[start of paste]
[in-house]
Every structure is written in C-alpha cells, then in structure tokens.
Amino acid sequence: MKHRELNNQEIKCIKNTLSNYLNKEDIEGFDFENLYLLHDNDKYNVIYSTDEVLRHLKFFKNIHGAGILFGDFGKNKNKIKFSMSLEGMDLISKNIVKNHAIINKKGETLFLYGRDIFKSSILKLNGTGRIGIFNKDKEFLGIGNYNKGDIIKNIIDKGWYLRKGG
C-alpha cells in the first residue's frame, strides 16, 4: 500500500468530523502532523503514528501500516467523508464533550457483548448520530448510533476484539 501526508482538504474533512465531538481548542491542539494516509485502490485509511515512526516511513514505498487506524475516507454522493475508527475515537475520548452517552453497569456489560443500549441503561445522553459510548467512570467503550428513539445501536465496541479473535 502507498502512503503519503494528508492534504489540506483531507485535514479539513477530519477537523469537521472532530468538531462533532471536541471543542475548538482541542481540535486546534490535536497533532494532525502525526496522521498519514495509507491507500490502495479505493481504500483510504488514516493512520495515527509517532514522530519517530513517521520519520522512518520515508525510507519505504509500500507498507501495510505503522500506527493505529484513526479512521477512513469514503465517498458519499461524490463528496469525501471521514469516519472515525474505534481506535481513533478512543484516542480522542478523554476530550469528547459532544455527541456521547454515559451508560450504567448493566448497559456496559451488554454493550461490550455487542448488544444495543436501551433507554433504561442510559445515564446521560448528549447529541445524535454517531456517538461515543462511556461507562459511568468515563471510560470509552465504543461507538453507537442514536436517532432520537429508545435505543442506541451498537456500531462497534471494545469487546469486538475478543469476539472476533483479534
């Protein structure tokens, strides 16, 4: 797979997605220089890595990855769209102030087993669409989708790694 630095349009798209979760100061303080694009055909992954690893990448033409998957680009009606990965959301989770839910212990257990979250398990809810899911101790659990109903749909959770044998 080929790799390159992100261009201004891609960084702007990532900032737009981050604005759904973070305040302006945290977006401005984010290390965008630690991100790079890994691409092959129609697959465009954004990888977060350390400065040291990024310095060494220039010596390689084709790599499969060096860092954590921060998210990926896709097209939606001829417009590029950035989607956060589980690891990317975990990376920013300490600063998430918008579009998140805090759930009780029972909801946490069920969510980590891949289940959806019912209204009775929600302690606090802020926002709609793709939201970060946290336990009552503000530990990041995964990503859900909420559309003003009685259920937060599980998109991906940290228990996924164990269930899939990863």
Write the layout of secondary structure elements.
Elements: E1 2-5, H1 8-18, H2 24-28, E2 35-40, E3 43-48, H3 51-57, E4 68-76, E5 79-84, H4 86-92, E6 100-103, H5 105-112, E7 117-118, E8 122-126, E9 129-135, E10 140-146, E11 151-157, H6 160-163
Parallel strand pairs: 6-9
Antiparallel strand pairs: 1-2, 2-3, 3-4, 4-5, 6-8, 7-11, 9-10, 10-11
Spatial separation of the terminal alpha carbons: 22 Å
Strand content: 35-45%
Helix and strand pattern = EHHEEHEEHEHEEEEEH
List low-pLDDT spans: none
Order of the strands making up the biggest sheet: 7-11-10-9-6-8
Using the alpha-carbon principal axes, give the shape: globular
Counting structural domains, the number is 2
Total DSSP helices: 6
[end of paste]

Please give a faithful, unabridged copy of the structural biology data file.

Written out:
[in-house]
Every structure is written in C-alpha cells, then in structure tokens.
Amino acid sequence: MKHRELNNQEIKCIKNTLSNYLNKEDIEGFDFENLYLLHDNDKYNVIYSTDEVLRHLKFFKNIHGAGILFGDFGKNKNKIKFSMSLEGMDLISKNIVKNHAIINKKGETLFLYGRDIFKSSILKLNGTGRIGIFNKDKEFLGIGNYNKGDIIKNIIDKGWYLRKGG
C-alpha cells in the first residue's frame, strides 16, 4: 500500500468530523502532523503514528501500516467523508464533550457483548448520530448510533476484539 501526508482538504474533512465531538481548542491542539494516509485502490485509511515512526516511513514505498487506524475516507454522493475508527475515537475520548452517552453497569456489560443500549441503561445522553459510548467512570467503550428513539445501536465496541479473535 502507498502512503503519503494528508492534504489540506483531507485535514479539513477530519477537523469537521472532530468538531462533532471536541471543542475548538482541542481540535486546534490535536497533532494532525502525526496522521498519514495509507491507500490502495479505493481504500483510504488514516493512520495515527509517532514522530519517530513517521520519520522512518520515508525510507519505504509500500507498507501495510505503522500506527493505529484513526479512521477512513469514503465517498458519499461524490463528496469525501471521514469516519472515525474505534481506535481513533478512543484516542480522542478523554476530550469528547459532544455527541456521547454515559451508560450504567448493566448497559456496559451488554454493550461490550455487542448488544444495543436501551433507554433504561442510559445515564446521560448528549447529541445524535454517531456517538461515543462511556461507562459511568468515563471510560470509552465504543461507538453507537442514536436517532432520537429508545435505543442506541451498537456500531462497534471494545469487546469486538475478543469476539472476533483479534
């Protein structure tokens, strides 16, 4: 797979997605220089890595990855769209102030087993669409989708790694 630095349009798209979760100061303080694009055909992954690893990448033409998957680009009606990965959301989770839910212990257990979250398990809810899911101790659990109903749909959770044998 080929790799390159992100261009201004891609960084702007990532900032737009981050604005759904973070305040302006945290977006401005984010290390965008630690991100790079890994691409092959129609697959465009954004990888977060350390400065040291990024310095060494220039010596390689084709790599499969060096860092954590921060998210990926896709097209939606001829417009590029950035989607956060589980690891990317975990990376920013300490600063998430918008579009998140805090759930009780029972909801946490069920969510980590891949289940959806019912209204009775929600302690606090802020926002709609793709939201970060946290336990009552503000530990990041995964990503859900909420559309003003009685259920937060599980998109991906940290228990996924164990269930899939990863």
Write the layout of secondary structure elements.
Elements: E1 2-5, H1 8-18, H2 24-28, E2 35-40, E3 43-48, H3 51-57, E4 68-76, E5 79-84, H4 86-92, E6 100-103, H5 105-112, E7 117-118, E8 122-126, E9 129-135, E10 140-146, E11 151-157, H6 160-163
Parallel strand pairs: 6-9
Antiparallel strand pairs: 1-2, 2-3, 3-4, 4-5, 6-8, 7-11, 9-10, 10-11
Spatial separation of the terminal alpha carbons: 22 Å
Strand content: 35-45%
Helix and strand pattern = EHHEEHEEHEHEEEEEH
List low-pLDDT spans: none
Order of the strands making up the biggest sheet: 7-11-10-9-6-8
Using the alpha-carbon principal axes, give the shape: globular
Counting structural domains, the number is 2
Total DSSP helices: 6